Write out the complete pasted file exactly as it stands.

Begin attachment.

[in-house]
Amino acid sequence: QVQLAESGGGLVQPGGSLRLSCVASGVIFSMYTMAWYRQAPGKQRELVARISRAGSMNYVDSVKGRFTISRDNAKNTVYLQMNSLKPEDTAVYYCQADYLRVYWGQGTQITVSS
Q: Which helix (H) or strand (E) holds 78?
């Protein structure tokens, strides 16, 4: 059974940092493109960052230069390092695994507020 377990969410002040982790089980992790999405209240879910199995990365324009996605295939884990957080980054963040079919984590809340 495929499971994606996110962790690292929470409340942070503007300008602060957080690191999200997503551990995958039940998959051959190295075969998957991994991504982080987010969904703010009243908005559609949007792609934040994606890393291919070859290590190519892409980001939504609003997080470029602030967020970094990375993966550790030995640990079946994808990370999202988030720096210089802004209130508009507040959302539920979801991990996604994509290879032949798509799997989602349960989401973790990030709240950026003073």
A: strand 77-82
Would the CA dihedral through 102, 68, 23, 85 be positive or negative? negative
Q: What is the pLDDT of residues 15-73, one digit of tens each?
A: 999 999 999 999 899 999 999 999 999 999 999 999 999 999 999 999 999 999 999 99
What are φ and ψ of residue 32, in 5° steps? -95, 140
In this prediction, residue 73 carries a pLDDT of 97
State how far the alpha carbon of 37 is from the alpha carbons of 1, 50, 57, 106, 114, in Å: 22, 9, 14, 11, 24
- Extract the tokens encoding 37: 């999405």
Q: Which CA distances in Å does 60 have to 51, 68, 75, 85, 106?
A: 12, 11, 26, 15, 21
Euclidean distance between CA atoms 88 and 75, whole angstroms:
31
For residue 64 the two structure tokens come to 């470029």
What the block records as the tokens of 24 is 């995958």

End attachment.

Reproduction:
[in-house]
Amino acid sequence: QVQLAESGGGLVQPGGSLRLSCVASGVIFSMYTMAWYRQAPGKQRELVARISRAGSMNYVDSVKGRFTISRDNAKNTVYLQMNSLKPEDTAVYYCQADYLRVYWGQGTQITVSS
Q: Which helix (H) or strand (E) holds 78?
């Protein structure tokens, strides 16, 4: 059974940092493109960052230069390092695994507020 377990969410002040982790089980992790999405209240879910199995990365324009996605295939884990957080980054963040079919984590809340 495929499971994606996110962790690292929470409340942070503007300008602060957080690191999200997503551990995958039940998959051959190295075969998957991994991504982080987010969904703010009243908005559609949007792609934040994606890393291919070859290590190519892409980001939504609003997080470029602030967020970094990375993966550790030995640990079946994808990370999202988030720096210089802004209130508009507040959302539920979801991990996604994509290879032949798509799997989602349960989401973790990030709240950026003073």
A: strand 77-82
Would the CA dihedral through 102, 68, 23, 85 be positive or negative? negative
Q: What is the pLDDT of residues 15-73, one digit of tens each?
A: 999 999 999 999 899 999 999 999 999 999 999 999 999 999 999 999 999 999 999 99
What are φ and ψ of residue 32, in 5° steps? -95, 140
In this prediction, residue 73 carries a pLDDT of 97
State how far the alpha carbon of 37 is from the alpha carbons of 1, 50, 57, 106, 114, in Å: 22, 9, 14, 11, 24
- Extract the tokens encoding 37: 């999405």
Q: Which CA distances in Å does 60 have to 51, 68, 75, 85, 106?
A: 12, 11, 26, 15, 21
Euclidean distance between CA atoms 88 and 75, whole angstroms:
31
For residue 64 the two structure tokens come to 């470029």
What the block records as the tokens of 24 is 């995958």